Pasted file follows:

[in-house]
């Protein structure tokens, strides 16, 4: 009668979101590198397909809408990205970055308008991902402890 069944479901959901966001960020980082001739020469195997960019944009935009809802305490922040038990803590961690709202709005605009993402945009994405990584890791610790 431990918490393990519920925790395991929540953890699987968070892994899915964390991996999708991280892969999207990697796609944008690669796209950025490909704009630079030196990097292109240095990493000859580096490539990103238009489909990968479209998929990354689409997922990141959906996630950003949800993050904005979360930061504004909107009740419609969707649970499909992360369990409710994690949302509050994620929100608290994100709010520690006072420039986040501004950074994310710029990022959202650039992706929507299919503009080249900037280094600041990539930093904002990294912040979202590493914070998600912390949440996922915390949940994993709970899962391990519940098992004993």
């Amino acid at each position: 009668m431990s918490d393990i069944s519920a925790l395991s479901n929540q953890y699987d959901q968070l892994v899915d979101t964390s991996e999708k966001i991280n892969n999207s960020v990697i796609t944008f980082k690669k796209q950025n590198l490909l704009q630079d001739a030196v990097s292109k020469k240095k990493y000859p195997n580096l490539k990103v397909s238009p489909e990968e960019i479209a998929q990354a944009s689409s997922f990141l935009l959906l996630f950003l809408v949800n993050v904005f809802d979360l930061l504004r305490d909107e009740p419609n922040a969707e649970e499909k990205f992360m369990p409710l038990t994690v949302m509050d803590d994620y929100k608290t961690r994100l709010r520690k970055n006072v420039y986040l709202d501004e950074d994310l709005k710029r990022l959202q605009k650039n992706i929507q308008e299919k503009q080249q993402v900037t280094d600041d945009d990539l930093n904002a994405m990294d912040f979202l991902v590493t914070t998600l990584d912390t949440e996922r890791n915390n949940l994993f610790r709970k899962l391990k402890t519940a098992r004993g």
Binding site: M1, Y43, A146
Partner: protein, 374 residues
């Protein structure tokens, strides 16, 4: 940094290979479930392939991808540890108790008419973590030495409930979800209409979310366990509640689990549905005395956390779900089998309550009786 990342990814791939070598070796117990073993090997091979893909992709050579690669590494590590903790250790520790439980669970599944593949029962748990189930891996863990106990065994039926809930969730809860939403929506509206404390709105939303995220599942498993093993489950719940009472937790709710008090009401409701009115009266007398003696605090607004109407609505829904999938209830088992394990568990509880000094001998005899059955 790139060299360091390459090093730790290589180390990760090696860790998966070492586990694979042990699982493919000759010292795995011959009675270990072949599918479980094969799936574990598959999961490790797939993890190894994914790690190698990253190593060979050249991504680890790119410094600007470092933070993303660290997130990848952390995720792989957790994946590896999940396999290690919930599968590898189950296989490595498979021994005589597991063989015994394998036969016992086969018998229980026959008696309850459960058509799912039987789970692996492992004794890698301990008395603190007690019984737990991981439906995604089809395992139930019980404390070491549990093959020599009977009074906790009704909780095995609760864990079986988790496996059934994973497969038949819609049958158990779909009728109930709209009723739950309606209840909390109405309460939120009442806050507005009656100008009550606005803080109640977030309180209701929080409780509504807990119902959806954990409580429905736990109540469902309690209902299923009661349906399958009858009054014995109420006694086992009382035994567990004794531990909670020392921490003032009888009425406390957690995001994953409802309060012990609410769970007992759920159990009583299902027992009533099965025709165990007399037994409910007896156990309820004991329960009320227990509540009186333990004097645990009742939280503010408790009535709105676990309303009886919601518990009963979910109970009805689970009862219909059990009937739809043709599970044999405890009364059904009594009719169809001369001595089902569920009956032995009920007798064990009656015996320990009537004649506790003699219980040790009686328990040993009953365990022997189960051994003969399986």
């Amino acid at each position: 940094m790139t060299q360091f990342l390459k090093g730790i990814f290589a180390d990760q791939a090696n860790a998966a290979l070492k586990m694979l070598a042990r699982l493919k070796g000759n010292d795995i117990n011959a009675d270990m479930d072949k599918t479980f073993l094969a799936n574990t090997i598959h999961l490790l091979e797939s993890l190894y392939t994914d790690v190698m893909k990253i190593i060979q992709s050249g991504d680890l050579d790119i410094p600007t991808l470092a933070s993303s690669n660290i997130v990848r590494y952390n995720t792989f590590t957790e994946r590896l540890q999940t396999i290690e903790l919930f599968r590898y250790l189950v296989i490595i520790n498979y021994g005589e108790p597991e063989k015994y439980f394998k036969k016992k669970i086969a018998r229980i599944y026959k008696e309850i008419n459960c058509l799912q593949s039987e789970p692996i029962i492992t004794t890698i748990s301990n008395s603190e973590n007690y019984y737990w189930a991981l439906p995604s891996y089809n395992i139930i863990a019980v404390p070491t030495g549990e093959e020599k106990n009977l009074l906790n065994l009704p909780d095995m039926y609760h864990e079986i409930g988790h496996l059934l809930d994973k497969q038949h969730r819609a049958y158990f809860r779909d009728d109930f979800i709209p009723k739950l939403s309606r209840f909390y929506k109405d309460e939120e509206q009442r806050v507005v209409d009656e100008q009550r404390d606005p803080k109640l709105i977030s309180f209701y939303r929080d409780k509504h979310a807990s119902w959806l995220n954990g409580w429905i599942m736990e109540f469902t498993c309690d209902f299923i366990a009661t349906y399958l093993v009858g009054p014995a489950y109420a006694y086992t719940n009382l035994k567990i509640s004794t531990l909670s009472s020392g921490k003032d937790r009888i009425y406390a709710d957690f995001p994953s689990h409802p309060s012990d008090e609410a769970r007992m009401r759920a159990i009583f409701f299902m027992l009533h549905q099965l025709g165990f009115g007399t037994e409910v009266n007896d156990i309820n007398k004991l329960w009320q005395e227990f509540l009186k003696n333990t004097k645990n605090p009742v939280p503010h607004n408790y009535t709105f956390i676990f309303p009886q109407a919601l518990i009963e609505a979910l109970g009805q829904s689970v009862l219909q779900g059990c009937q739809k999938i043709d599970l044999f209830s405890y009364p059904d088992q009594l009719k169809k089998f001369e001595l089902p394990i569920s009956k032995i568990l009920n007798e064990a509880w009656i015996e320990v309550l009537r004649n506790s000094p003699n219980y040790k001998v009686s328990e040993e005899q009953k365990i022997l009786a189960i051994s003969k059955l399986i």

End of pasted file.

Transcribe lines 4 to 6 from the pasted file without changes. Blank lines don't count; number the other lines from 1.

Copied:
Binding site: M1, Y43, A146
Partner: protein, 374 residues
């Protein structure tokens, strides 16, 4: 940094290979479930392939991808540890108790008419973590030495409930979800209409979310366990509640689990549905005395956390779900089998309550009786 990342990814791939070598070796117990073993090997091979893909992709050579690669590494590590903790250790520790439980669970599944593949029962748990189930891996863990106990065994039926809930969730809860939403929506509206404390709105939303995220599942498993093993489950719940009472937790709710008090009401409701009115009266007398003696605090607004109407609505829904999938209830088992394990568990509880000094001998005899059955 790139060299360091390459090093730790290589180390990760090696860790998966070492586990694979042990699982493919000759010292795995011959009675270990072949599918479980094969799936574990598959999961490790797939993890190894994914790690190698990253190593060979050249991504680890790119410094600007470092933070993303660290997130990848952390995720792989957790994946590896999940396999290690919930599968590898189950296989490595498979021994005589597991063989015994394998036969016992086969018998229980026959008696309850459960058509799912039987789970692996492992004794890698301990008395603190007690019984737990991981439906995604089809395992139930019980404390070491549990093959020599009977009074906790009704909780095995609760864990079986988790496996059934994973497969038949819609049958158990779909009728109930709209009723739950309606209840909390109405309460939120009442806050507005009656100008009550606005803080109640977030309180209701929080409780509504807990119902959806954990409580429905736990109540469902309690209902299923009661349906399958009858009054014995109420006694086992009382035994567990004794531990909670020392921490003032009888009425406390957690995001994953409802309060012990609410769970007992759920159990009583299902027992009533099965025709165990007399037994409910007896156990309820004991329960009320227990509540009186333990004097645990009742939280503010408790009535709105676990309303009886919601518990009963979910109970009805689970009862219909059990009937739809043709599970044999405890009364059904009594009719169809001369001595089902569920009956032995009920007798064990009656015996320990009537004649506790003699219980040790009686328990040993009953365990022997189960051994003969399986």